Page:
I recently had to capture my logcat for my HTC EVO 4G device to try and identify the reason why updates sometimes fail claiming there is insufficient memory (issue discussed more extensively here).

However, the log captures EVERYTHING which means you have a lot of unnecessary information as well which makes it hard to look at the raw data without getting overwhelmed with the amount of data. I am trying to isolate the data relevant to the updating process so we can see what's going on that is triggering the error when there is enough space on the internal storage that can't be exhausted by the size of the installer and/or application size.

Does anyone have a suggestion for a LogCat viewer or recommendation? What solution works best? Preferably a visual (GUI) tool that can process the file with filtering capability and hopefully intelligent grouping and so on.


1 Answer 1


A good starting point is a Google search on "adb logcat filter", which yields interesting results already on its first page. Including the logcat help page from the Android project itself, which lists quite detailed options. Especially follow up to the Reading and writing logs link, where filtering options are explained.

The basic syntax is specified as

[adb] logcat [<option>] ... [<filter-spec>] ...

Interesting options include to write the output to a file (-f <filename>) and using human-readable timestamps (-v time). The filtering example given should get you started on the second part:

adb logcat ActivityManager:I MyApp:D *:S

In short terms: Show all Info messages from ActivityManager, Debug messages from MyApp, and Silence everything else.

As long as you're completely out of ideas what exactly you're looking for, you might at least have some ideas on what you are not looking for, and could use something like GamesApp:S FunnyApp:S MoreApp:S [...] to filter out stuff which is definitely not of interest. So your command could look like

adb logcat -f special.log -v time GamesApp:S FunnyApp:S MoreApp:S

When you have excluded the impossible, whatever remains, however improbable, must be the truth. – Arthur Conan Doyle: The Adventure of the Beryl Coronet (Sherlock Holmes)

  • For the output I did the old school windows trick of just running adb logcat > log.txt and that's how I got mine which was fine. The output is surely the same but good to know there is a built-in option for it, will use that next time. How do I identify the tag for the item I am trying to capture, remember that we are trying to observe what the updater is doing so we can see why its causing insufficient memory when there is space. SO what tag should I use? play updater or application specific? not sure how they are grouped or performed. Commented Nov 1, 2013 at 21:13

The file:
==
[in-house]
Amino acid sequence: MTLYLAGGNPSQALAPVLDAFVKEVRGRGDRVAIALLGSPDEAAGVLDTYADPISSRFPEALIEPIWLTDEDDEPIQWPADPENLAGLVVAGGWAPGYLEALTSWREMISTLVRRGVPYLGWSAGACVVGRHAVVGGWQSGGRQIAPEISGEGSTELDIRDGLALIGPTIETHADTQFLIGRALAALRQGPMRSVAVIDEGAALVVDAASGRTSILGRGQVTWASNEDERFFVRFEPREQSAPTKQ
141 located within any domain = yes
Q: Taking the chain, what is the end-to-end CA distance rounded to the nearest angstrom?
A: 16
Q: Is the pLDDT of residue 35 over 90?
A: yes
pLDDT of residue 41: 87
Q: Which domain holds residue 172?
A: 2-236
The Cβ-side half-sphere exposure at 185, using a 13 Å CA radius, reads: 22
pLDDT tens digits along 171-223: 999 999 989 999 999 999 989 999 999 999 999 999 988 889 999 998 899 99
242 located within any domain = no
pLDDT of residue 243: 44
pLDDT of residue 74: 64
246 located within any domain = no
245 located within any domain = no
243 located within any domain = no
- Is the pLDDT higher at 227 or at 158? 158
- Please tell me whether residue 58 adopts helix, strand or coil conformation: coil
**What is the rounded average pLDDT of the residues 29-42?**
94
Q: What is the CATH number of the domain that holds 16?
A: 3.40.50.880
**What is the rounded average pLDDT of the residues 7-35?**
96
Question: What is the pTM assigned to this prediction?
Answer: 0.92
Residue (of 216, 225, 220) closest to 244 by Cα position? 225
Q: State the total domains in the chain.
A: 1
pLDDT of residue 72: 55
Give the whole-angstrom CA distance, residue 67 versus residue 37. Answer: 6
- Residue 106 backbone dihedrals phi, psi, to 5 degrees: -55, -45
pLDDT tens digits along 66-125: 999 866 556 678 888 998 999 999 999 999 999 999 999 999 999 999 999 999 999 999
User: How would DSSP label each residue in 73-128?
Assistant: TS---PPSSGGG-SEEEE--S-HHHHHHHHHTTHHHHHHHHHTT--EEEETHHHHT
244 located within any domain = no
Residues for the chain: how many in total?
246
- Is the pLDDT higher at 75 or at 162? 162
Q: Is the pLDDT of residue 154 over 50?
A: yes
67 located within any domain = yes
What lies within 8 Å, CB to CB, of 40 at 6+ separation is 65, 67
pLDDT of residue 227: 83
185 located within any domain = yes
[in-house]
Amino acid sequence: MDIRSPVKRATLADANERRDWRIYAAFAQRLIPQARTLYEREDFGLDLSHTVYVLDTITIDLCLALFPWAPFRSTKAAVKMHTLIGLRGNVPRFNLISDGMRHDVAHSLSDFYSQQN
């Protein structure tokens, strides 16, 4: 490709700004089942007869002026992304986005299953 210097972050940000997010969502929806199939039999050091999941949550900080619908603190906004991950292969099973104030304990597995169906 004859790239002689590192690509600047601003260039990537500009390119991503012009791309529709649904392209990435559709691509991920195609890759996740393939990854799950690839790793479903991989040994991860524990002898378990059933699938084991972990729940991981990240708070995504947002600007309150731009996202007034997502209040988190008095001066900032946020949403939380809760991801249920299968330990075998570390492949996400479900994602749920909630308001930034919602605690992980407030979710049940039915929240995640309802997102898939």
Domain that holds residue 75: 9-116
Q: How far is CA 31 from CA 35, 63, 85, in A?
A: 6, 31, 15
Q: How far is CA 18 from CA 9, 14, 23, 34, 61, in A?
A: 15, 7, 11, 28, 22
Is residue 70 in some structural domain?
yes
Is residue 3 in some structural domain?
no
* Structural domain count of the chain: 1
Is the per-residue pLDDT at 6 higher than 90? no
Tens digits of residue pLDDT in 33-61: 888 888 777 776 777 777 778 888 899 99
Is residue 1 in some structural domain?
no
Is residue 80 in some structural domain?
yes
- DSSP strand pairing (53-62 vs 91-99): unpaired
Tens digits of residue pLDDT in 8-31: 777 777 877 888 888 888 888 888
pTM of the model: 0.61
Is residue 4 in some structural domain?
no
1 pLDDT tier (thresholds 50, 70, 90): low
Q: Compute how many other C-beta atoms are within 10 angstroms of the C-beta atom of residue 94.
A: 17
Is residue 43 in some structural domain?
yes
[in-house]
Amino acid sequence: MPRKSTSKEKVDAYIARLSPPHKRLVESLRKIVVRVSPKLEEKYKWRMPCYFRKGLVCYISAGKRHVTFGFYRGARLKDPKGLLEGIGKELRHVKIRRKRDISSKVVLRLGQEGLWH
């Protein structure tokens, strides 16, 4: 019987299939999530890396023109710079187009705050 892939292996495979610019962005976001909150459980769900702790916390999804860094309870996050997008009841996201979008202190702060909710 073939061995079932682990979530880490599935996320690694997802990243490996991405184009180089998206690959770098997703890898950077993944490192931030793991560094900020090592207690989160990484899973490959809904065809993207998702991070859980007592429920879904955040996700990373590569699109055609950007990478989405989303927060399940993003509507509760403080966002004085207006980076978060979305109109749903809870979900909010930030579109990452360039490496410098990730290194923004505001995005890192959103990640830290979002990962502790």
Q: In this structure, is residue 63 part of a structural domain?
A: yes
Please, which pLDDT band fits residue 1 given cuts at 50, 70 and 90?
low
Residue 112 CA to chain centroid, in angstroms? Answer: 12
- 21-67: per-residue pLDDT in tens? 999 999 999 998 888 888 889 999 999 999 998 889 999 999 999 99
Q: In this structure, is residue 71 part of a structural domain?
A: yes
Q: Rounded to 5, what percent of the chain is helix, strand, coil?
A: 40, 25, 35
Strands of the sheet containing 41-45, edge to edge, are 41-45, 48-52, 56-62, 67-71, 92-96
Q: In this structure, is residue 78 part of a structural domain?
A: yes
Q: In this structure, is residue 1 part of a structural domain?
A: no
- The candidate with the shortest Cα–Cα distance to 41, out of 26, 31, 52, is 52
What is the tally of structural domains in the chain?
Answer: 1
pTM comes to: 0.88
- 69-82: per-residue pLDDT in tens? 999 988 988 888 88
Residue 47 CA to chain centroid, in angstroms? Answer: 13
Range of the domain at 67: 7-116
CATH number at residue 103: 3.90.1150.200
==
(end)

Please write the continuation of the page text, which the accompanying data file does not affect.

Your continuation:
• I totally agree with alternatively excluding things to tidy up the massive spammy output but if we can find out the output specifically generated by the update process (which is what we are trying to observe for space management behavior) that would be more useful, no? Ideas? I am not familiar too much with how Android tags each process, so not sure if the update process is tagged under play or under the specific application being updated, or some core process than handles updates in general. Thoughts? Commented Nov 1, 2013 at 21:15
  • I'm no developer either. So my approach would be as described above, to narrow down results by filtering out what I'm sure I definitely don't need. The human-readable timestamp is helpful here as well, as you usually know what time you've triggered the action (substract a little at start and end, and cut off heads and tails). Sorry that I can't be more helpful; but with some luck someone else might be able to jump in?
    – Izzy
    Commented Nov 1, 2013 at 21:21

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